Model S, X, and Gen got a raw material component. The rest is technology, manufacturing scale, labor, level of automation in manufacturing, streamlining of design and manufacturing, supply chain, logistics. With these autos due to the hi level of automated manufacturing possible, prices could come down significantly. The cost of electronics will fall with volume and Moore's Law. Excluding the batteries, and the $1,500 extra spend on Al, the cost of these cars should be significantly lower than comparable ICE autos.

Battery prices measure in terms of $KW-hr will also fall at the rate of 7%/year. Compound that over 5 years and that is a significant amount. Any disruptive tech can cause prices to fall steeply and density to 2x or more as some of the research being done shows.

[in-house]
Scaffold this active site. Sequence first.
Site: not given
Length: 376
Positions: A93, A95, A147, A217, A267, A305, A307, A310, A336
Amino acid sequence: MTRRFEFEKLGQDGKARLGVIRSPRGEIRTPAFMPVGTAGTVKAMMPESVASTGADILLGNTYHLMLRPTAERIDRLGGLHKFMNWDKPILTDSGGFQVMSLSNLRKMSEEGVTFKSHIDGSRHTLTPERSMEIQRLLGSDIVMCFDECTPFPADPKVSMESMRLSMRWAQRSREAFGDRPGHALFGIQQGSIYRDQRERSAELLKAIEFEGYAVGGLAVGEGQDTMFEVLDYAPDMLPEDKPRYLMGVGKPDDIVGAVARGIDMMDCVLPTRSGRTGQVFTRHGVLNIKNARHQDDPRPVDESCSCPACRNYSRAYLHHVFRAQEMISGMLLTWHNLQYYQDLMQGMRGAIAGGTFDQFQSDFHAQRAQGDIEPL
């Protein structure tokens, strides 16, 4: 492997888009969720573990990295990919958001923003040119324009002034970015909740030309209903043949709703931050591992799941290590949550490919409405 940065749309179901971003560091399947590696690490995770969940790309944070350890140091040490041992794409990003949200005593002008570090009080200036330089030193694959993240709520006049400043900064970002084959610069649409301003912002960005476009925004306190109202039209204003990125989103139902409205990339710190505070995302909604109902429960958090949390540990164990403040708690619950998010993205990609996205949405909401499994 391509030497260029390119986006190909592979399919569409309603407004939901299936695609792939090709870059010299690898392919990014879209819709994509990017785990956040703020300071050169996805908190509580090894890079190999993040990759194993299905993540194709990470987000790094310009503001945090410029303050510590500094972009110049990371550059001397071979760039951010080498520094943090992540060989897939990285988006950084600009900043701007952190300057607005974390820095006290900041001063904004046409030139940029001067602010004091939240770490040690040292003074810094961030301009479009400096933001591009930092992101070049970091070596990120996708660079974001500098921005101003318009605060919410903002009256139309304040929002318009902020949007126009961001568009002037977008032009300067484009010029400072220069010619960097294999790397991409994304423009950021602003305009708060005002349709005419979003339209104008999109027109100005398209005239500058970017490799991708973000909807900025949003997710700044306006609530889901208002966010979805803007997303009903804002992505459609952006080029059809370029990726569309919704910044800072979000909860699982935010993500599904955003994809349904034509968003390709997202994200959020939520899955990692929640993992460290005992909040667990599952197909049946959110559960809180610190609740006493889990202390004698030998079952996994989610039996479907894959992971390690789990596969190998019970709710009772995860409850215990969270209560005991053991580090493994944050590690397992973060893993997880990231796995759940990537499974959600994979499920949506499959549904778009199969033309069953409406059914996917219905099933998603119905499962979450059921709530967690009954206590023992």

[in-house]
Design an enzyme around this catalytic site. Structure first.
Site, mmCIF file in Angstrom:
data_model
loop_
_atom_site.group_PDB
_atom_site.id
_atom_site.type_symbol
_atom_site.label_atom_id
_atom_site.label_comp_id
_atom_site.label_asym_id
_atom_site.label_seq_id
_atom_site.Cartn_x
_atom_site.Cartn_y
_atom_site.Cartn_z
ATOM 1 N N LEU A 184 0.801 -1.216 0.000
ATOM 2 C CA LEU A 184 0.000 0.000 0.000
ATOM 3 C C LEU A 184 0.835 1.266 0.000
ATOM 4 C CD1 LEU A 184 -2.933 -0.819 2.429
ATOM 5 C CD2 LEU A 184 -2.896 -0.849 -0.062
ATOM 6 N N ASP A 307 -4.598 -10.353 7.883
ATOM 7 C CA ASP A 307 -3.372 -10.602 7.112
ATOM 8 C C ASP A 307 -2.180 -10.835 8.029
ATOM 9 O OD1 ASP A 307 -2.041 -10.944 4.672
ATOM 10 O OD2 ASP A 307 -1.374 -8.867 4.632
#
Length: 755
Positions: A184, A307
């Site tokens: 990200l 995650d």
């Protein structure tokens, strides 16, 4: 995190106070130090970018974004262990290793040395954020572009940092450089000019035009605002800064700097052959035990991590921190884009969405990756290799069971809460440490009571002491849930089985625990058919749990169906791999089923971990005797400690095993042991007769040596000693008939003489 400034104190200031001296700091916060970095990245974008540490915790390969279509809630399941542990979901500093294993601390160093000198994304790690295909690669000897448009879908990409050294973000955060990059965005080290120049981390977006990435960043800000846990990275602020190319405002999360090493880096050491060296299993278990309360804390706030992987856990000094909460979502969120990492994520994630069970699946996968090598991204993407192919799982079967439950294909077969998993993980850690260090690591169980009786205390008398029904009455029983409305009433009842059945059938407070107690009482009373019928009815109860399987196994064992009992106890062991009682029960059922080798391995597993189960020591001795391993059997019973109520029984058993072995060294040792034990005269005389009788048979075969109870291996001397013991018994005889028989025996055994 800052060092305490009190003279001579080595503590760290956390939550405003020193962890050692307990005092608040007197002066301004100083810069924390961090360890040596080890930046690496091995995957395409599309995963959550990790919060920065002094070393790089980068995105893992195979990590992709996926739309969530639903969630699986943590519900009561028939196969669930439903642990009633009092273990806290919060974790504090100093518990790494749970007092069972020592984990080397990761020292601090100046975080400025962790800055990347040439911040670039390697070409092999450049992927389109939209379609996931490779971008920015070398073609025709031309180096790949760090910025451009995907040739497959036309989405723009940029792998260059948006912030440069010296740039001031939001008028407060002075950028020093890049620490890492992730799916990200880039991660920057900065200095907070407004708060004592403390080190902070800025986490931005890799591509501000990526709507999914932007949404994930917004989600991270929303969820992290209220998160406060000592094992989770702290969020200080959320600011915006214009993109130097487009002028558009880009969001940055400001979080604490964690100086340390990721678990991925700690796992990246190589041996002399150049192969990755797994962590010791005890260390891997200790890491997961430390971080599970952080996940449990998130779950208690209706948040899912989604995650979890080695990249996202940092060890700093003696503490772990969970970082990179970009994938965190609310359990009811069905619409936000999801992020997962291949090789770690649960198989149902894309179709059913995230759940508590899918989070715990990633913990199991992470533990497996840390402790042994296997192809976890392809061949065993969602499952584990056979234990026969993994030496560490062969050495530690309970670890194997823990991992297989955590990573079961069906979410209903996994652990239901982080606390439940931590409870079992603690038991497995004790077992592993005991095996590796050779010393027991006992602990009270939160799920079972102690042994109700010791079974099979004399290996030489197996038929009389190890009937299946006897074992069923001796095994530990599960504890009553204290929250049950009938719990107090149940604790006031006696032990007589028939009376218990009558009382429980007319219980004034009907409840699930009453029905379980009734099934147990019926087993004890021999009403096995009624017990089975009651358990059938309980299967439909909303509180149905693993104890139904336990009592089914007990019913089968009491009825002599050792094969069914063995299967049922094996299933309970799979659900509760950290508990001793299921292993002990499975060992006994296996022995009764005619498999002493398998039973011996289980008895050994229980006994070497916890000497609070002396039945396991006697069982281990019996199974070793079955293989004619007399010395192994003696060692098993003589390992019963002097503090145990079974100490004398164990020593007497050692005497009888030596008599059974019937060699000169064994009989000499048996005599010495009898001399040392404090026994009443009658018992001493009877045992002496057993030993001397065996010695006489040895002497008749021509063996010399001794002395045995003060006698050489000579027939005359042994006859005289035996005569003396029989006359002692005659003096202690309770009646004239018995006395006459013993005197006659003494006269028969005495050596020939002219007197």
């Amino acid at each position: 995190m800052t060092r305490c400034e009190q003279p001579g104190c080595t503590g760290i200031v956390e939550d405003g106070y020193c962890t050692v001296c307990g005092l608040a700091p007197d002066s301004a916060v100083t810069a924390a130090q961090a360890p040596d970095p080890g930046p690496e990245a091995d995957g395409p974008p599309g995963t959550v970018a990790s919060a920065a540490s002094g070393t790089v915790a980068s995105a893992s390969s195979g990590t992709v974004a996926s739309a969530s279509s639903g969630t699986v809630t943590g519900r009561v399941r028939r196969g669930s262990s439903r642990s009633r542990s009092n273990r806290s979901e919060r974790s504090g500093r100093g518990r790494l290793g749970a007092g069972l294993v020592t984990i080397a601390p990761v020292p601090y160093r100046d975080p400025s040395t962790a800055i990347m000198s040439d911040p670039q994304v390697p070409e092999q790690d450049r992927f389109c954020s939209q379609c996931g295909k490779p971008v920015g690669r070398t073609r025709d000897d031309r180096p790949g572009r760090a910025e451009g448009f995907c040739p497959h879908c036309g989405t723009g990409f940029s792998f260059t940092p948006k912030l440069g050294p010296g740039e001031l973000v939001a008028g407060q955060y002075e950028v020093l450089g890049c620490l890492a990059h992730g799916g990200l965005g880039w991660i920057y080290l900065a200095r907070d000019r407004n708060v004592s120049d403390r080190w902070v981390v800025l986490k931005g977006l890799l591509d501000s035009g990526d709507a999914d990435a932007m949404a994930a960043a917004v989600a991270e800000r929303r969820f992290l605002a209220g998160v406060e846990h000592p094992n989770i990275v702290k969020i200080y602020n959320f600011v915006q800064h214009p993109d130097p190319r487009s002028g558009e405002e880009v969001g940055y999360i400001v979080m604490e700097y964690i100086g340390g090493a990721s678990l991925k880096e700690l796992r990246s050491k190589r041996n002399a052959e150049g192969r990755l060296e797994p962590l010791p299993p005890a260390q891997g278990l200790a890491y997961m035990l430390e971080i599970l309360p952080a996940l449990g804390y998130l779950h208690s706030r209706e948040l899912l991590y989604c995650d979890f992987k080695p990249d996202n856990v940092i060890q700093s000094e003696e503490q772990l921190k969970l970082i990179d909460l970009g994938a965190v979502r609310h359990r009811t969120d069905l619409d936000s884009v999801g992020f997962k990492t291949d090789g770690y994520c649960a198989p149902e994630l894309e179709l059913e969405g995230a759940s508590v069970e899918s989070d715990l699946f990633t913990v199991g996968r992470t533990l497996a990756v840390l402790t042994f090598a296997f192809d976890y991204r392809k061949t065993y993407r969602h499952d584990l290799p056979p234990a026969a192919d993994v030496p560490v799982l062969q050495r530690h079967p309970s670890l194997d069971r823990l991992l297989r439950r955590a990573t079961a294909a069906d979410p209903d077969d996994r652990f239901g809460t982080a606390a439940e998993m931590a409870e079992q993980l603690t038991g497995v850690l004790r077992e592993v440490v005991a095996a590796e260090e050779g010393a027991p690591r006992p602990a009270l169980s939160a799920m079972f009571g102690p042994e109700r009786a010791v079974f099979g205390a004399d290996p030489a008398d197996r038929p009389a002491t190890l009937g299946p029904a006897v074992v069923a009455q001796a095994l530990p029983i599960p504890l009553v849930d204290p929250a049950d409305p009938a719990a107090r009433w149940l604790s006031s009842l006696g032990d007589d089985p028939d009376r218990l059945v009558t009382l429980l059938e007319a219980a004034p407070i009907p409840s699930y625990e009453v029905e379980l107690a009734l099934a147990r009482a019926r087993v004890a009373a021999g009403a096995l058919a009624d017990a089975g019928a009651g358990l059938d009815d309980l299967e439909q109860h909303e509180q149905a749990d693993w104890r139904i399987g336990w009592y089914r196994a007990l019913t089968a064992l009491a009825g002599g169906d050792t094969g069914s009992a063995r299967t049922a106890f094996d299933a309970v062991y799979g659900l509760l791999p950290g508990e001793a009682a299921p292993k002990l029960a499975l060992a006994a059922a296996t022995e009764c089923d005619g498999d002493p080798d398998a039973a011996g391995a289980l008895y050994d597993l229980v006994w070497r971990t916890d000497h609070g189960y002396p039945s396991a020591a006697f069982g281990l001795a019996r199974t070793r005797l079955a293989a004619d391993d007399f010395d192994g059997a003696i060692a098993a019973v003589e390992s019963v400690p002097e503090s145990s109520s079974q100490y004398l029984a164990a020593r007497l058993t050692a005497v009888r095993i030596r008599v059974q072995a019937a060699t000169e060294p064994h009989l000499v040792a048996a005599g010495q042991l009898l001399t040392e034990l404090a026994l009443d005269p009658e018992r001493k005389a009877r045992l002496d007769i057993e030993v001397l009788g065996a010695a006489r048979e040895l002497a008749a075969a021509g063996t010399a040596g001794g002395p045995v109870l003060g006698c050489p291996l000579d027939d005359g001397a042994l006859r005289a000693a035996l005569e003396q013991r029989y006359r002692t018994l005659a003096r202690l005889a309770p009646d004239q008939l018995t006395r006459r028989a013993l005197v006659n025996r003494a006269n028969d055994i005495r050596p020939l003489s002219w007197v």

The cost of refueling a tank can be 1/10 compared to gasoline, especially in Europe. Norway is an extreme.

At some point, I expect to see the tipping point for the BEVs.

Timo | October 26, 2013

Battery prices measure in terms of $KW-hr will also fall at the rate of 7%/year

It's actually turning to be faster than that. Closer to 10% and it just seems to be accelerating thanks to technical advancements.

Robert Fallin | October 26, 2013

You are right, Brian H. However, how often does the cooling system have to be serviced?

Brian H | October 27, 2013

Good question. I don't know.

TSLAholic | October 28, 2013

I believe the cooling system needs to be serviced once every 2 years according to the service plan.

just an allusion | November 4, 2013

I understand that there is much consumer outcry for an "affordable" EV that is suited to the commuters' practical needs and we're all aware that that goal is in the works, so why is there all of this disingenuous short selling of the individual/company that is obviously intent on bringing it to us?